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County's Tiny Districts Hit Hard by State Budget Cuts : Economy: An independent fire protection district serving an unincorporated area might lose, for example, up to two firefighters from its meager five-person force.

September 07, 1992|LEN HALL and RICHARD CORE | SPECIAL TO THE TIMES

Special districts in San Diego County were hit especially hard by the austere new state budget.

No one understands this better than Lorenzo Gigliotti. As chief of the tiny Crest Fire Protection District, he has to find a way to cut $32,000 from his lean $320,000 budget.

Years of recession and the lingering fallout from Proposition 13 have left him no fat to trim. Now comes the agonizing decision. If this means layoffs, who among the grand total of five firefighters in the department must go?

"(This) cut, to us, is quite a bit," he said tersely. "It could cause me to lose two people."

Gigliotti and his firefighters are not alone. Gov. Pete Wilson's $57.4-billion budget has slammed cities and counties all over the state.

But nothing has been hit harder than the independent special districts that provide services people take for granted. Every time someone flushes a toilet, calls a paramedic or goes to the library, there is a good chance a special district employee is part of the action.

The new state budget drains $375 million in property taxes that had been earmarked for special districts statewide. Special districts in San Diego County stand to lose $19 million.

Many district administrators are not as soft-spoken as Gigliotti about these moves. Bill Hollingsworth, the recently retired general manager of another of the 60 independent special districts in the county, the Olivenhain Water District, is convinced the cuts are more than unfair.

Hollingsworth says the state Legislature is stealing.

"There just might be a lawsuit coming along over this. I don't think it's constitutional," Hollingsworth said. "The money doesn't belong to the state legislators and it's none of their business. If the state needs money they ought to get their backbone up and raise it someplace else."

Hollingsworth and other administrators of the small districts say the cutbacks attack the heart of the districts. Special districts, which are mostly formed in unincorporated areas by close-knit groups of neighbors, are government at its smallest and its most local level, they say.

These are boards where Joe Citizen can walk up to his elected officials, look them in the eye and speak his piece, Hollingsworth said. Those legislators in Sacramento who are doling out the budget cuts hide behind the local governments, he claims.

"Government on this level is the front lines, so to speak," Hollingsworth said. "The average citizen can get to these people on these boards, but they can't get to the legislators. Now, when 120 legislators and a governor can't figure out how to balance a budget, they let 3,000 directors around the state do their scrambling for them. The state legislators are ducking their responsibility, in my opinion."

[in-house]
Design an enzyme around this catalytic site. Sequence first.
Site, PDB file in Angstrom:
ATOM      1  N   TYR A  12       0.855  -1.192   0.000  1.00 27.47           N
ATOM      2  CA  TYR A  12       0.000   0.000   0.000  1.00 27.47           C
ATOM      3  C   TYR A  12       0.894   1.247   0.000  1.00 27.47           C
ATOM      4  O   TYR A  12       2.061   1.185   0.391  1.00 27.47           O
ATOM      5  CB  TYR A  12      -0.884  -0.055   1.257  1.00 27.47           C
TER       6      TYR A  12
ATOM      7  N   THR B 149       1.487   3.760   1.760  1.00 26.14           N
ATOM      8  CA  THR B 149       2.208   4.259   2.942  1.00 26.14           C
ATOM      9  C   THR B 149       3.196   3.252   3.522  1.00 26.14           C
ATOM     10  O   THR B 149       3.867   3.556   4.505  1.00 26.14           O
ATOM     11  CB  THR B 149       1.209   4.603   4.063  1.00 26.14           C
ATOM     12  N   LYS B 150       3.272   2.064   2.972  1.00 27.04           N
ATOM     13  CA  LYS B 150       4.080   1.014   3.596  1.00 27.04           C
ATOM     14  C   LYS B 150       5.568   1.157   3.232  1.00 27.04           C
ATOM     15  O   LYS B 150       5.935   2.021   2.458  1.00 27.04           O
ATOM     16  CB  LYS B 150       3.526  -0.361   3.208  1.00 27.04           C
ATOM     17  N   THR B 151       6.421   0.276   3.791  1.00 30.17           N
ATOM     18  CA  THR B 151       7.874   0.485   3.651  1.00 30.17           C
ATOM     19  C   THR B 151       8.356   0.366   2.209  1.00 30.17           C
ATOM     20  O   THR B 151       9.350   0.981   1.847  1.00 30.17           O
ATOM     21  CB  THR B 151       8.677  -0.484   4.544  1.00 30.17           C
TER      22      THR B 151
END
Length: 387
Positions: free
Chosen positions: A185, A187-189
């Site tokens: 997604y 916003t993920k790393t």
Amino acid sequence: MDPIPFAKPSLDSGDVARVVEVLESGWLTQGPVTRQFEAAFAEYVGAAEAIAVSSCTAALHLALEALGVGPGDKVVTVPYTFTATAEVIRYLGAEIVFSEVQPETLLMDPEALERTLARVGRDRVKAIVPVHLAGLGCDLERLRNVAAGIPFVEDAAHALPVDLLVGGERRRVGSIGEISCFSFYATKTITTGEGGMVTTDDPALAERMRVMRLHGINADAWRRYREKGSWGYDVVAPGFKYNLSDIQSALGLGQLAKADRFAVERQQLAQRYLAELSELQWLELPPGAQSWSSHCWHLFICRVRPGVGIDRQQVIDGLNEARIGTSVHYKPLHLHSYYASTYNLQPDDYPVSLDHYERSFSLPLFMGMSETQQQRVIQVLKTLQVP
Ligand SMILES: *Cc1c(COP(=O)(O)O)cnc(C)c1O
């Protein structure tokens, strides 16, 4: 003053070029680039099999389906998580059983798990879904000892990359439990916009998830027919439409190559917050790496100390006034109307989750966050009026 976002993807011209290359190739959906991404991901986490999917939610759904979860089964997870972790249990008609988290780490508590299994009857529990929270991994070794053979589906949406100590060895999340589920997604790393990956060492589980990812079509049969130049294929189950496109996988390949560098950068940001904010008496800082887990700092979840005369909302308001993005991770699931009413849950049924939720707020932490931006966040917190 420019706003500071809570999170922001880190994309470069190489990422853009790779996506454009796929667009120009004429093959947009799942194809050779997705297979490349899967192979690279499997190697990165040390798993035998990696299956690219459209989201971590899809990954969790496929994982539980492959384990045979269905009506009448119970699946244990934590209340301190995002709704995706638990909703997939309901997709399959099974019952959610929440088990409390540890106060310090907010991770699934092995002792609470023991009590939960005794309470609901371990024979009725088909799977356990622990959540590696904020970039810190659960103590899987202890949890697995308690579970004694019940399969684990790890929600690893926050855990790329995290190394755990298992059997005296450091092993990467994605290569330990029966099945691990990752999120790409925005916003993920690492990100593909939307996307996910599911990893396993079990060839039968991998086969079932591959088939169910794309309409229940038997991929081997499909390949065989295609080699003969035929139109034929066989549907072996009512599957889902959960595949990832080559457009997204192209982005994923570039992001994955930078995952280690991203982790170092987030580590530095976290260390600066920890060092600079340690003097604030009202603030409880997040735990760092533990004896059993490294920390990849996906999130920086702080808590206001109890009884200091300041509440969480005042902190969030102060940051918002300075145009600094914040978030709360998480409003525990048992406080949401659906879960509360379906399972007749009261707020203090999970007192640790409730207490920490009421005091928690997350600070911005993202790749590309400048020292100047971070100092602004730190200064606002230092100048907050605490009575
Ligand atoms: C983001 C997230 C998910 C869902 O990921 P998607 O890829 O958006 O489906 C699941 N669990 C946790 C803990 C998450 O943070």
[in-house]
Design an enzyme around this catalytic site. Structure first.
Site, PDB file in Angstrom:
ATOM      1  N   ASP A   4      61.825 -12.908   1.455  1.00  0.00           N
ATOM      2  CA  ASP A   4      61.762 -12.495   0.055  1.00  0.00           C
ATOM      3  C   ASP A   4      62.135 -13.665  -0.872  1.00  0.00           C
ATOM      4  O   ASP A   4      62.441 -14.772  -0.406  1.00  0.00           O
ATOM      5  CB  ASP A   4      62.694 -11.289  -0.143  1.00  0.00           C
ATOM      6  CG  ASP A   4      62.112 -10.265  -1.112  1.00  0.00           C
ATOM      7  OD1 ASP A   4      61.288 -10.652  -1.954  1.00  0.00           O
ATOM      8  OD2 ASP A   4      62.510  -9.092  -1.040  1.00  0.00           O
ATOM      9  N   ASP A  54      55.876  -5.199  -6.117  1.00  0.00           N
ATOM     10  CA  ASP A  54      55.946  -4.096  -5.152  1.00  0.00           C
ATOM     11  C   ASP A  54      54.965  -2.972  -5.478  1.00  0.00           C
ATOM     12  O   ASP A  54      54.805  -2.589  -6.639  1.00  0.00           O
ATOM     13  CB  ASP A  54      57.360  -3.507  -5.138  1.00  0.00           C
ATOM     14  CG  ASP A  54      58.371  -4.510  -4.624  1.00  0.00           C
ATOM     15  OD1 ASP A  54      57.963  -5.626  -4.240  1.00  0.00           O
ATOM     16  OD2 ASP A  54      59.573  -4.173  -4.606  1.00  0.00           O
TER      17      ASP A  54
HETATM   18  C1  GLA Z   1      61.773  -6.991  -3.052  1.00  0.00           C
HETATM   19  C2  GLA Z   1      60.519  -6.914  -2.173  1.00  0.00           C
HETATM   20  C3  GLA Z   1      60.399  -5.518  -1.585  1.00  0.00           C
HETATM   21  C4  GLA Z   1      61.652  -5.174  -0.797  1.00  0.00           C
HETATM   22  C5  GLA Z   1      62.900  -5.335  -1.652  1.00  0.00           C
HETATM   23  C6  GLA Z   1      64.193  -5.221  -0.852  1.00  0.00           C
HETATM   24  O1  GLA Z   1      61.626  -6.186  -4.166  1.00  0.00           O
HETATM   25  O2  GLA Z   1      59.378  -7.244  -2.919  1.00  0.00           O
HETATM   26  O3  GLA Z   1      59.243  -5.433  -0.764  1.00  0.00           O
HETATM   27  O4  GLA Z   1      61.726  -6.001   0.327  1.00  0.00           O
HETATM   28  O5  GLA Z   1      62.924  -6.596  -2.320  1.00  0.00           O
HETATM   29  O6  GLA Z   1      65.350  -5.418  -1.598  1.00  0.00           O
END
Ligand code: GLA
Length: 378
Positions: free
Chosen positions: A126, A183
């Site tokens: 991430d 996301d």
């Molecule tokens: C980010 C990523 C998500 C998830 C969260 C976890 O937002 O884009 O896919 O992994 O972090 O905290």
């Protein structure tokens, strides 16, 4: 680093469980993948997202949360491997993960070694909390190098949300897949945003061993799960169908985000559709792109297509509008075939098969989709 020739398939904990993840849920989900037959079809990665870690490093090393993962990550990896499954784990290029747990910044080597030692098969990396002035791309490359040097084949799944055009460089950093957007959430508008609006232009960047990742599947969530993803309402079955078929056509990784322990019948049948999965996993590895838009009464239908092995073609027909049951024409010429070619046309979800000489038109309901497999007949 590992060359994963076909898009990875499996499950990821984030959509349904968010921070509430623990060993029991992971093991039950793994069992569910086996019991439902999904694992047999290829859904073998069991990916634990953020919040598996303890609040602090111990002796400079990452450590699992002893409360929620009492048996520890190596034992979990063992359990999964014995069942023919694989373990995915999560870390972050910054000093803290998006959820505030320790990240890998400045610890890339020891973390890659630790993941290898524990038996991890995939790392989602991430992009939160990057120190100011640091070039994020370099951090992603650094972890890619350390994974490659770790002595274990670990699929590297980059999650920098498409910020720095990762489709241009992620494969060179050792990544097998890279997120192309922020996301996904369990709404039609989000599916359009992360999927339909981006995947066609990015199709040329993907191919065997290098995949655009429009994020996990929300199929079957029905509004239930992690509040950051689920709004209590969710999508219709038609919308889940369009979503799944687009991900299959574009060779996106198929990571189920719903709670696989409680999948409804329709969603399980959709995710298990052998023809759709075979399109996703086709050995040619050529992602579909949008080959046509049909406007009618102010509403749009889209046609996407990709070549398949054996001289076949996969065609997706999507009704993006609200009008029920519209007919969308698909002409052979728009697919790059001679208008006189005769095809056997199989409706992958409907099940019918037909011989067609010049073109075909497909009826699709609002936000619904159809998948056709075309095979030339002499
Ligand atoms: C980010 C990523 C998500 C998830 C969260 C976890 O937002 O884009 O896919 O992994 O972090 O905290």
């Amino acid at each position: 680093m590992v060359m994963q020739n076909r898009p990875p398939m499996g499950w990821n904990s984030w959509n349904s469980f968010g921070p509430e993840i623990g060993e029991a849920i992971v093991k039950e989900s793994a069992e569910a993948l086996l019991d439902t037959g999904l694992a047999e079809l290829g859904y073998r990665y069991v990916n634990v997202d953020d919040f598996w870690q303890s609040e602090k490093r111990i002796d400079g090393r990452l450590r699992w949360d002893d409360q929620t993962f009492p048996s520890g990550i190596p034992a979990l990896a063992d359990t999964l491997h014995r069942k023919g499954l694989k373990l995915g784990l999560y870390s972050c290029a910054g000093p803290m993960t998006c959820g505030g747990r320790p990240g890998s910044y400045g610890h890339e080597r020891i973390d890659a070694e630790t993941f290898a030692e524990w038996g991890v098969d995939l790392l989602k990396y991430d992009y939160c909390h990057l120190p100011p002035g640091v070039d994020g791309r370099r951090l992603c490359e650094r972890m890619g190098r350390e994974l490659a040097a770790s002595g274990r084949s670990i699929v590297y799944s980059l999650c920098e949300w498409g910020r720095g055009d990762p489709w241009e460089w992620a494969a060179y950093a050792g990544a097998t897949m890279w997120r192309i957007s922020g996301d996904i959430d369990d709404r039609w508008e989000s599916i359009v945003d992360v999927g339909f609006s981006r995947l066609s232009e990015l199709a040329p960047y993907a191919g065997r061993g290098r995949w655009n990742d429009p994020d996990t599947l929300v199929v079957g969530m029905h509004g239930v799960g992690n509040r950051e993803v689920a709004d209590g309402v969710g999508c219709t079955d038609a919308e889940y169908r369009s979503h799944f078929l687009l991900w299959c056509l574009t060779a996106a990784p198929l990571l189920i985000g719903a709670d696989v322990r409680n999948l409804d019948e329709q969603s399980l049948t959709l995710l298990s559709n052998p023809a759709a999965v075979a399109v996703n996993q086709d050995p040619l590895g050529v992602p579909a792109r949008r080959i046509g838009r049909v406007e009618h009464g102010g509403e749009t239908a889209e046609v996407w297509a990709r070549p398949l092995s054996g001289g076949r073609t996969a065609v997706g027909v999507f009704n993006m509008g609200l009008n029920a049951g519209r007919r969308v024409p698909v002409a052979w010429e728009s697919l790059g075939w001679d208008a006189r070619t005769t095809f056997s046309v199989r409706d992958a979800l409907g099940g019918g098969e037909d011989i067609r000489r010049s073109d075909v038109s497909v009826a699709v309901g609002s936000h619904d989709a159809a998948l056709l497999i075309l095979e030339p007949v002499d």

The mini-governments Hollingsworth refers to are those that provide such essential services as flood control, libraries, water, sewers, ambulances, firefighters, road maintenance and mosquito abatement, often to remote areas.

"You name it and these districts do it," said Catherine Smith, deputy director of the California Special Districts Assn., a lobbying group that represents more than 500 special districts statewide.

After months of negotiations, Wilson's final budget takes 35% from each special district's property tax revenues or 10% of their total revenues, whichever is lower. Either way, most district officials call this a drastic hit to their balance sheets. This is money the state will be taking away, not, as in the case of schools, money that was being promised for a later date.

For people in such areas as Blossom Valley, Crest, Harbison Canyon and Alpine, these cuts will translate into higher water rates. Padre Dam Municipal Water District, which serves most of the East County, was strapped with a $636,000 cutback from a total budget of $20 million, most of which will be directed at those East County communities, said Andy Lovsted, the district's finance director.

Lovsted and his board of directors are studying a selection of ways to manage the cuts. But to make up for the property taxes, there is no doubt water rates will go up, he said.

In these rural communities, water rates will jump by 13%, an increase that sits on top of the 9% hike the district implemented last June.

But county officials say no districts were hit any harder than fire districts, which can't raise money on their own, making cutbacks even more painful.

Districts such as sewer and water districts can increase the fees they charge their customers to make up for losses and to balance their budgets, and in some cases, fee increases of up to 20% are now being considered.

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